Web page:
No Child Left Behind, the Basketball Version

(Forwarded by Lakeitha, a little joke that’s floating around the Web, origin unknown.)

The basketball version of what is going on in education right now.

  1. All teams must make the state playoffs and all MUST win the championship. If a team does not win the championship, they will be on probation until they are the champions, and coaches will be held accountable. If after two years they have not won the championship their basketballs and equipment will be taken away UNTIL they do win the championship.
  2. All kids will be expected to have the same basketball skills at the same time, even if they do not have the same conditions or opportunities to practice on their own. NO exceptions will be made for lack of interest in basketball, a desire to perform athletically, or genetic abilities or disabilities of themselves or their parents. ALL KIDS WILL PLAY BASKETBALL AT A PROFICIENT LEVEL!
  3. Talented players will be asked to workout on their own, without instruction. This is because the coaches will be using all their instructional time with the athletes who aren’t interested in basketball, have limited athletic ability or whose parents don’t like basketball!
  4. Games will be played year round, but statistics will only be kept in the 4th, 8th, and 11th games. This will create a New Age of Sports where every school is expected to have the same level of talent and all teams will reach the same minimum goals. If no child gets ahead, then no child gets left behind. If parents do not like this new law, they are encouraged to vote for vouchers and support private schools that can screen out the non-athletes and prevent their children from having to go to school with bad basketball players.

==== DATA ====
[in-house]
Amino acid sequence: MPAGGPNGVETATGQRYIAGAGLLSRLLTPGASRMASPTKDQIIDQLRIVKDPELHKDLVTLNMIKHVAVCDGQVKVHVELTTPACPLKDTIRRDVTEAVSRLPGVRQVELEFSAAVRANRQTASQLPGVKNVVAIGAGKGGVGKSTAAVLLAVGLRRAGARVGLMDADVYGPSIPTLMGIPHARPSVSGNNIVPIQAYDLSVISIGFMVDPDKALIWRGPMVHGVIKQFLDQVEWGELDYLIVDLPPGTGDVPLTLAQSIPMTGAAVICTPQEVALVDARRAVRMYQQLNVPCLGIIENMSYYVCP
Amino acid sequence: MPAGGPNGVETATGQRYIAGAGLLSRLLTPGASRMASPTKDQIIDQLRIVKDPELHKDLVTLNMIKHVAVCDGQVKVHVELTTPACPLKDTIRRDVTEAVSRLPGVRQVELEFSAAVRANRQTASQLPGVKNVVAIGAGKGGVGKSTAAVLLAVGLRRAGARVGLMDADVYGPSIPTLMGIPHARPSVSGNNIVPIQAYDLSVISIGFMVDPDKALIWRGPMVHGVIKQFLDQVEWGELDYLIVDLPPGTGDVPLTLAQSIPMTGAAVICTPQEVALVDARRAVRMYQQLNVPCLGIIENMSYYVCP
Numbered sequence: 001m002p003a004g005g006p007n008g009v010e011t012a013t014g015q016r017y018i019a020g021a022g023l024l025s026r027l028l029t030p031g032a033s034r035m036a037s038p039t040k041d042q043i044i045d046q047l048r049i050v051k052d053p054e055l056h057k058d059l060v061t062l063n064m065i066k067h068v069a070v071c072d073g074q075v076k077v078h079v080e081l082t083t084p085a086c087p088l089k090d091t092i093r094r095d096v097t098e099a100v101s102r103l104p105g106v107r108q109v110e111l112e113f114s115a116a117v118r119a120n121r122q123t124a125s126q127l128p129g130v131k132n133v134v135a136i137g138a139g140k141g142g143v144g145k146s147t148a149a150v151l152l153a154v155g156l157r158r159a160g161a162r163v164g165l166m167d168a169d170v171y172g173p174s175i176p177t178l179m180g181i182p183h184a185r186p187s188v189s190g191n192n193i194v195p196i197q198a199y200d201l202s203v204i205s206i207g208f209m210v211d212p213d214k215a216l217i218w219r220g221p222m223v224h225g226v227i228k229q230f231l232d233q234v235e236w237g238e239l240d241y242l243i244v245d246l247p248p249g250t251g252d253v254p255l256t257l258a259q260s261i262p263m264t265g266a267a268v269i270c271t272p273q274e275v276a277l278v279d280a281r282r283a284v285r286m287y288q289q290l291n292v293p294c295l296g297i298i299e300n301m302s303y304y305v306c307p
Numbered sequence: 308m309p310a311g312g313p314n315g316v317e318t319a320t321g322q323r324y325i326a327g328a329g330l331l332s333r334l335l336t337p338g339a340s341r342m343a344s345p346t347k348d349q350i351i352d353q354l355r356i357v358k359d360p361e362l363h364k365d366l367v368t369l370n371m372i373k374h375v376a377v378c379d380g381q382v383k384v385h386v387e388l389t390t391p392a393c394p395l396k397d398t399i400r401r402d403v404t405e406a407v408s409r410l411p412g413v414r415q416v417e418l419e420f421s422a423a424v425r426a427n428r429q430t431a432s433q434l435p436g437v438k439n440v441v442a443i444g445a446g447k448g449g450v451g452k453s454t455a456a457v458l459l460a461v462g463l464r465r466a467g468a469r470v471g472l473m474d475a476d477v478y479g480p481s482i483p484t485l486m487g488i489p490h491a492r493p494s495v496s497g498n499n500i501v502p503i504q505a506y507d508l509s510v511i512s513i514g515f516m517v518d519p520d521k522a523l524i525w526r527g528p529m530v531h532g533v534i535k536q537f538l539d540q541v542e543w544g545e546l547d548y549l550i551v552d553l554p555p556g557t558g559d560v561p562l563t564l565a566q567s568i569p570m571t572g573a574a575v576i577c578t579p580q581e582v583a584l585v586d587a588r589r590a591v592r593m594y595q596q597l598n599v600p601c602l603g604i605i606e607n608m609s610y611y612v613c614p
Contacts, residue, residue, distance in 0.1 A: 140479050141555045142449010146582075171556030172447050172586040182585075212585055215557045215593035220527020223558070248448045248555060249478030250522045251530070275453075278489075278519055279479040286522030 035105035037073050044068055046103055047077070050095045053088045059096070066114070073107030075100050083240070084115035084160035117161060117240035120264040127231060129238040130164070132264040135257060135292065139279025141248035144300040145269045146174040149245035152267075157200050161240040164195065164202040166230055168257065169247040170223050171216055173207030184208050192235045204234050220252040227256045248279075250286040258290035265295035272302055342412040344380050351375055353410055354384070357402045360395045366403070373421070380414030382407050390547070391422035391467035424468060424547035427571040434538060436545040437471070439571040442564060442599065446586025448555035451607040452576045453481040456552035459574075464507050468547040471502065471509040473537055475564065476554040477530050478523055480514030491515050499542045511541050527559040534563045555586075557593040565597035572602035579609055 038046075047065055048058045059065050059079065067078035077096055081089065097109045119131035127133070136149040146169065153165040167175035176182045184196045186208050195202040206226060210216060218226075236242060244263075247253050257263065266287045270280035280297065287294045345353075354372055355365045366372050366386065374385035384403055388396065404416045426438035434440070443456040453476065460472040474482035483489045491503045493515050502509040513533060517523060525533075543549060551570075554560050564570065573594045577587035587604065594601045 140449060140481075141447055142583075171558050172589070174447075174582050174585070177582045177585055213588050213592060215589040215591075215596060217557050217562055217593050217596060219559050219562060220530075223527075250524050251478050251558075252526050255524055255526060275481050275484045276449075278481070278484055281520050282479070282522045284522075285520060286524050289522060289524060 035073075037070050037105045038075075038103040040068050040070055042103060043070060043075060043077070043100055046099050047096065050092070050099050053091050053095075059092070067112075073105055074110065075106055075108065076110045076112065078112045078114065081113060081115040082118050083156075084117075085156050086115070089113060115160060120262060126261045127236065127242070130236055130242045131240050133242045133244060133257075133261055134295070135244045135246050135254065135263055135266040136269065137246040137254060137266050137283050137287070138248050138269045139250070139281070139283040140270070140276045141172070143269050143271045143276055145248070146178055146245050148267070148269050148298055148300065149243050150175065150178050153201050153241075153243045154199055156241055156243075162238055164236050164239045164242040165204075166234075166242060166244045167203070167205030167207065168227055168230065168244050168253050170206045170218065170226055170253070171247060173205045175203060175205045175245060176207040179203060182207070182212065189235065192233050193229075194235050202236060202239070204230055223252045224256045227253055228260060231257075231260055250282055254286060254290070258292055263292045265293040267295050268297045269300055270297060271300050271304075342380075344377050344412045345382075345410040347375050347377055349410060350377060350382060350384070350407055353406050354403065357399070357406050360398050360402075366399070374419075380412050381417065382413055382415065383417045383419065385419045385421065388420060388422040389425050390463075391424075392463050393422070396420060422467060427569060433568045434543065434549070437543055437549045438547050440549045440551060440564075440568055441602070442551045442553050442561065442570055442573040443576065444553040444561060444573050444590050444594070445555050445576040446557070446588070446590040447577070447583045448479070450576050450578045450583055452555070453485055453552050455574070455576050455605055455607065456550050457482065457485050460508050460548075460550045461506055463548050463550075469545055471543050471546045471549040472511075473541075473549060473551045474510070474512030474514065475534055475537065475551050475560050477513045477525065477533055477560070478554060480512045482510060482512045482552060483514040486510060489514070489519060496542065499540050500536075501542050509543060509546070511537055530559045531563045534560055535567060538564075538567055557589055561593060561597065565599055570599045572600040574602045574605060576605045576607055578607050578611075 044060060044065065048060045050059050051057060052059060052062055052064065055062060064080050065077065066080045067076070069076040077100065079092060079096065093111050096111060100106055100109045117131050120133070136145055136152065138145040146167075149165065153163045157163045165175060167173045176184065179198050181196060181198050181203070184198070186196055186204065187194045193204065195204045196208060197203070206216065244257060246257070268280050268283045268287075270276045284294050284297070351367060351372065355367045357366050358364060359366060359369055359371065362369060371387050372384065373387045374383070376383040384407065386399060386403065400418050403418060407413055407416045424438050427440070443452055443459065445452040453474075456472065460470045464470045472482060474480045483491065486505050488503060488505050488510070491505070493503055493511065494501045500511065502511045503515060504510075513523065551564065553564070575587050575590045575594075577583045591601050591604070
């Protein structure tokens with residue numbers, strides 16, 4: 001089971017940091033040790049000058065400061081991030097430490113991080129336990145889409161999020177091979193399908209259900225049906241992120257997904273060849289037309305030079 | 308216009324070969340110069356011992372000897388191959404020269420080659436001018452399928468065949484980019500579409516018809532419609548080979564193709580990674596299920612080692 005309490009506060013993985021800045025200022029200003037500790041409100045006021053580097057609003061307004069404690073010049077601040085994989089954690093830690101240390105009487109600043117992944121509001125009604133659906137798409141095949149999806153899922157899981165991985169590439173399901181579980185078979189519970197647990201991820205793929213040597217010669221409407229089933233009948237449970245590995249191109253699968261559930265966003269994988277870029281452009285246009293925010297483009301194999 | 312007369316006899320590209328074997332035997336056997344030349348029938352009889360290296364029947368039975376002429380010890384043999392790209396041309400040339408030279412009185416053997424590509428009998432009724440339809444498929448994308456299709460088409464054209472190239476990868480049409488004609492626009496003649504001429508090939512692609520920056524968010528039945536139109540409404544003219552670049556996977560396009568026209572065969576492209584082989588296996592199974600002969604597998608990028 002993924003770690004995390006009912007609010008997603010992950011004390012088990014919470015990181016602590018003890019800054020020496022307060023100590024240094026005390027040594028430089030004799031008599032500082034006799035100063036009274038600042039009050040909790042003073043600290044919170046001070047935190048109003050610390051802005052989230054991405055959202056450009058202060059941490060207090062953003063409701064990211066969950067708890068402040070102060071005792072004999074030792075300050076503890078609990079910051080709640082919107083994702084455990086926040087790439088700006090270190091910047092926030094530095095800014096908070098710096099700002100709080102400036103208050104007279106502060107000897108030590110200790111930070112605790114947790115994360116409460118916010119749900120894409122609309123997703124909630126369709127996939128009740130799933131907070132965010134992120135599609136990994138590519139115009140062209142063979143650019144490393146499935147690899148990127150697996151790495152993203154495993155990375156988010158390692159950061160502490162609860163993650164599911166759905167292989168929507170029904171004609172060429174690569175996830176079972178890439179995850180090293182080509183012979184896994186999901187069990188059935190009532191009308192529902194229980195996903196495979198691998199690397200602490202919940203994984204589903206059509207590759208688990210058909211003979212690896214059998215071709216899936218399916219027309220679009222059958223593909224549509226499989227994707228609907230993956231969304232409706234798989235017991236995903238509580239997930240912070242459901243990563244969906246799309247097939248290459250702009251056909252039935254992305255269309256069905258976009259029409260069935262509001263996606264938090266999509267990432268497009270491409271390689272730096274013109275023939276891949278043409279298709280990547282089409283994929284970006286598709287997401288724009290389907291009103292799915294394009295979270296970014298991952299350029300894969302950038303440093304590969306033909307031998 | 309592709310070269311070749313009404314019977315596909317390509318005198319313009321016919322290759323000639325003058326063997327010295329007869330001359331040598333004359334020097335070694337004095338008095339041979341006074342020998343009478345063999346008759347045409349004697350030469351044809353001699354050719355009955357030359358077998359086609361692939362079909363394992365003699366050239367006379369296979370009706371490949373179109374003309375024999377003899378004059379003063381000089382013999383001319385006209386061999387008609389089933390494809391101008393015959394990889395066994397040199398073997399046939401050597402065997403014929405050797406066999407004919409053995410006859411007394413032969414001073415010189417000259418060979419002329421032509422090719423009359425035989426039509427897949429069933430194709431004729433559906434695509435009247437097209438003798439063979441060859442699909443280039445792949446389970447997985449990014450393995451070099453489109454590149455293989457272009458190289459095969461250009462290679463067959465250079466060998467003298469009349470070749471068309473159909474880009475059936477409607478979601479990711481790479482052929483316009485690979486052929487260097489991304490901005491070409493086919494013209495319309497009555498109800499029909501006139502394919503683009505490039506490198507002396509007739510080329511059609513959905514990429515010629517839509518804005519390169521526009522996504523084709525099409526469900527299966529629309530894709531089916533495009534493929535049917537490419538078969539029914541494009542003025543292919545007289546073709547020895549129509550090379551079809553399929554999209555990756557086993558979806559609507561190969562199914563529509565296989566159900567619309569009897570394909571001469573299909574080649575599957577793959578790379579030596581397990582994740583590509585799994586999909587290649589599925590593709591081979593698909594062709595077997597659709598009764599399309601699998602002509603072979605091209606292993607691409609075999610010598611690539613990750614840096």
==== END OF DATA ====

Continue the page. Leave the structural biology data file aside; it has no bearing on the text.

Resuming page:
Steve Rawley published PPS Equity from 2008 to 2010, when he moved his family out of the district.

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Election ’08 — Ed Garren

The PPS Equity Portland election coverage continues, with Commissioner #2 candidate Ed Garren’s response to our questionnaire. Ed talks about the city, the school district, organized labor and the business community collaborating to gain efficiency, among other things.

We now have responses from Garren, Commissioner #1 candidate Chris Smith, and Commissioner #4 candidates Randy Leonard and Martha Perez. Comments are open on all of these pages.

Steve Rawley published PPS Equity from 2008 to 2010, when he moved his family out of the district.

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Night Out for Jefferson Senior Class Trip Tonight!

Tonight – Tuesday, March 4 – any time from 5:00 p.m. to closing:

Please Come To the “Jefferson High School Family and Friends Night” at McMenamin’s Chapel Pub, 430 N. Killingsworth Street. Treat yourself and help our graduating Jefferson seniors.

McMenamin’s is generously donating 50% of the evening’s sales to the Jefferson PTSA to help fund the Jefferson Senior Class Trip. Mention to your server that you’re there to support Jefferson.

Steve Rawley published PPS Equity from 2008 to 2010, when he moved his family out of the district.